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India launches GSLV successfully

April 18,2001

The first developmental test flight of India's Geosynchronous Satellite Launch Vehicle, GSLV, was successfully carried out this evening (April 18,2001) from SHAR Centre, Sriharikota, about 100 km north of Chennai, marking a major milestone in the Indian space programme. With this launch, India has demonstrated its capability to launch communication satellites, into geostationary transfer orbit with perigee (nearest to the earth) of 180 km and an apogee (farthest to the earth) of 36,000 km. This paves the way for end-to-end capability of application - spacecraft launching in the communication area also.

The 401 tonne, 49 m tall GSLV, carrying an experimental, 1540 kg, satellite, GSAT-1, lifted off from Sriharikota at 3-43 pm IST. Seventeen minutes after lift off, GSAT-1 was successfully placed in an orbit of 181 km perigee and an apogee 32, 051 km with the orbit inclination of 19.2 degree with respect to the equator. The injection of the satellite into orbit occurred about 5000 km from the launch centre.

It may be recalled that the first launch attempt of GSLV was aborted one second before the lift-off on March 28, 2001 by the Automatic Launch Processing System (ALS) after it detected that one of the strap-on boosters did not develop the required thrust. After detailed analysis, the exact reason was identified, recovery operations were completed in 18 days and the vehicle was made ready for re-launch.

The count-down commenced 57 h 49 m prior to lift-off, i.e., 5:56 am on April16, 2001. The count-down activities like filling of fuel for second stage and the four strap-on motors, arming of pyros, movement of Mobile Service Tower, filling of cryostage and electrical checks were done smoothly. After station checks, on all mission elements, the authorization for the mission was given at 16 minutes before lift-off. The Automatic Launch Processing System took over at 12 minutes before lift-off.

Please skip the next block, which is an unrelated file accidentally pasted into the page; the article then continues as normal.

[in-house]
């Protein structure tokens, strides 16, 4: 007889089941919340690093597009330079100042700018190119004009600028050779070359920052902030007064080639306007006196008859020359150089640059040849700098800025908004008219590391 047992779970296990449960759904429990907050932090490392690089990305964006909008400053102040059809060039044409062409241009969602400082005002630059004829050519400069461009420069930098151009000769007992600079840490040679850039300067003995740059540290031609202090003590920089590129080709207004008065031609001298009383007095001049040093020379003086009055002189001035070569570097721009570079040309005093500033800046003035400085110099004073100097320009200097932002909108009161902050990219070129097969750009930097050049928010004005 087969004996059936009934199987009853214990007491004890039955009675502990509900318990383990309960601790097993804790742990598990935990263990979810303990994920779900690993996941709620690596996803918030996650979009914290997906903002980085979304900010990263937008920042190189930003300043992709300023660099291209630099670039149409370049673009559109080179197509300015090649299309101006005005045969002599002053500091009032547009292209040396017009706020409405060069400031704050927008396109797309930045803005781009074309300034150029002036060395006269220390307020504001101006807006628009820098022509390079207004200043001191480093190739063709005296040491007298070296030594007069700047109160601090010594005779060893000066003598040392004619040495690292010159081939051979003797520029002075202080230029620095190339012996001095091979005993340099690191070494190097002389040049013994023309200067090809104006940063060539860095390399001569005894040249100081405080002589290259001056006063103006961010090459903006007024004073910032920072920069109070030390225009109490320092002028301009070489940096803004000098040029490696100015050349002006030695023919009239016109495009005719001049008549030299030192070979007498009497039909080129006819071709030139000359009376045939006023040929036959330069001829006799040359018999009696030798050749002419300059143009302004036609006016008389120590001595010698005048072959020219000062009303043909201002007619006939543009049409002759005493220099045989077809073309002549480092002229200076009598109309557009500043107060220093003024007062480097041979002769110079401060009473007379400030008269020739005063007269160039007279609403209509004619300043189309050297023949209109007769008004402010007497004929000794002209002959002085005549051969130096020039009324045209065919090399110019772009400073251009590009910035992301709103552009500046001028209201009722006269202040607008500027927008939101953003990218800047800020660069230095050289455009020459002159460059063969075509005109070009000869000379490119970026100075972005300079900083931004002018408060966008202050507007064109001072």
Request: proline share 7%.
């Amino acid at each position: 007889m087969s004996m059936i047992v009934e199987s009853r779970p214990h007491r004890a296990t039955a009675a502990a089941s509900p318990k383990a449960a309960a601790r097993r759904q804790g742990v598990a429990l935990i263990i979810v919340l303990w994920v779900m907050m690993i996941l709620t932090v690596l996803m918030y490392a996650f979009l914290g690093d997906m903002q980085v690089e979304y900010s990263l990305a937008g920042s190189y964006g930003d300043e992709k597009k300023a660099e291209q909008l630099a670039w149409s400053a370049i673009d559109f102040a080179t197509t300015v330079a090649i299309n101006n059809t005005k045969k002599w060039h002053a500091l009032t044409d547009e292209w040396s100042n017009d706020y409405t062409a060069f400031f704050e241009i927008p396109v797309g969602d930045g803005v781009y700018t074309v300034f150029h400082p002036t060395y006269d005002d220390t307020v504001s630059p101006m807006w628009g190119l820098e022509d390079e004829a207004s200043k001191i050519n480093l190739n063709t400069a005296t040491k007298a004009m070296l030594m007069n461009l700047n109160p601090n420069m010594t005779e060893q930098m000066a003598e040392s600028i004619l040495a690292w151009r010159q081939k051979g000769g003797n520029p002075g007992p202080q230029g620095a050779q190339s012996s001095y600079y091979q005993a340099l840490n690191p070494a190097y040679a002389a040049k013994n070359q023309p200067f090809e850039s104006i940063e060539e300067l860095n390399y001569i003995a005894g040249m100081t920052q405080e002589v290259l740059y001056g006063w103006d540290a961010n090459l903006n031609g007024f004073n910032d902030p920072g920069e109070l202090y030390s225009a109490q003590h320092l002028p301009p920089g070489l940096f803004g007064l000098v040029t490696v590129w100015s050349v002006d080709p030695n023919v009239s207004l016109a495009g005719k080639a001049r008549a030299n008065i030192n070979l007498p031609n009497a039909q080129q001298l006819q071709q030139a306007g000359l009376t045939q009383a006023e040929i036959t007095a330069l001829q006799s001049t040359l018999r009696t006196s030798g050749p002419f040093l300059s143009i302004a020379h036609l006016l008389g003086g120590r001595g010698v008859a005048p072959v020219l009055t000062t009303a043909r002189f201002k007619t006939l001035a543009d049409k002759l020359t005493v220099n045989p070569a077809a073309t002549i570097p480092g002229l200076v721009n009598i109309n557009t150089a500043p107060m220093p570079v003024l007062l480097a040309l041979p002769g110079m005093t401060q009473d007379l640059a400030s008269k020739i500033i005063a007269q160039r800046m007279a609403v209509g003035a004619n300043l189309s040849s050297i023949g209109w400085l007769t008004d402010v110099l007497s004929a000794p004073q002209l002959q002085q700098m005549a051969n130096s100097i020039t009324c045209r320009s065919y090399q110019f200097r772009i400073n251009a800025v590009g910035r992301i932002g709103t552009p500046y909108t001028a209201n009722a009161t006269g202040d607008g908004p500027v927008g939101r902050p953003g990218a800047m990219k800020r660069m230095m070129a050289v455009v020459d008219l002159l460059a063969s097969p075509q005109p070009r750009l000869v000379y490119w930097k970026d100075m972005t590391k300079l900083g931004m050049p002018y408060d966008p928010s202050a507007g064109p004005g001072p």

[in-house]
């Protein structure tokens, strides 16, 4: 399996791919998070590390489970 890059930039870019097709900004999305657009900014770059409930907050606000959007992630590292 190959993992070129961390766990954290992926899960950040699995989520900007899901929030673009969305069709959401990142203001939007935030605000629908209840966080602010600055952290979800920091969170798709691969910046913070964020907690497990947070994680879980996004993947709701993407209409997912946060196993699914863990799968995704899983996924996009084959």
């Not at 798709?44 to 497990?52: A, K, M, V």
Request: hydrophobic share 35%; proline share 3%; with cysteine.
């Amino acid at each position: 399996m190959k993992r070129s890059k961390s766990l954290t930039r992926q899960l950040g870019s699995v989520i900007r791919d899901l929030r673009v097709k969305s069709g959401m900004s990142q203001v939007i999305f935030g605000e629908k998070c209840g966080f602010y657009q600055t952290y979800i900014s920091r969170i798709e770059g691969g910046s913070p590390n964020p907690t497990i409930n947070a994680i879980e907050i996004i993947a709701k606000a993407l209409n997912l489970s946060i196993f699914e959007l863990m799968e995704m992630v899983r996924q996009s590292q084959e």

As the count down for the launch proceeded, at 4.6 seconds before the count zero, the four liquid propulsion strap on stages, each carrying 40 tonne of propellant, were ignited. After confirming the normal performance of the liquid propulsion strap-on motors, the whole system was released one second before lift-off and at count zero, the mammoth 125 tonne solid propellant first stage motor was ignited and GSLV blazed into the evening sky. The first stage burned for 100 seconds while the liquid propulsion strap on

stages continued thrusting up to 162 seconds from lift-off taking the vehicle to an altitude of 75 km. At the end of the first stage burn out the GSLV had reached a velocity of 2.63 km per second.

The second stage, which carried 37.5 tonne of liquid propellant, ignited 1.6seconds before the burn out of the first stage strap-on motors. This stage burned for 147 seconds taking the vehicle to an altitude of 126 km and increasing its velocity to 5.18 km per second. During the second stage operation, when the vehicle was at an altitude of 116 km and thus cleared the dense atmosphere, the heat shield that protects the spacecraft from the aerodynamic heating, was discarded.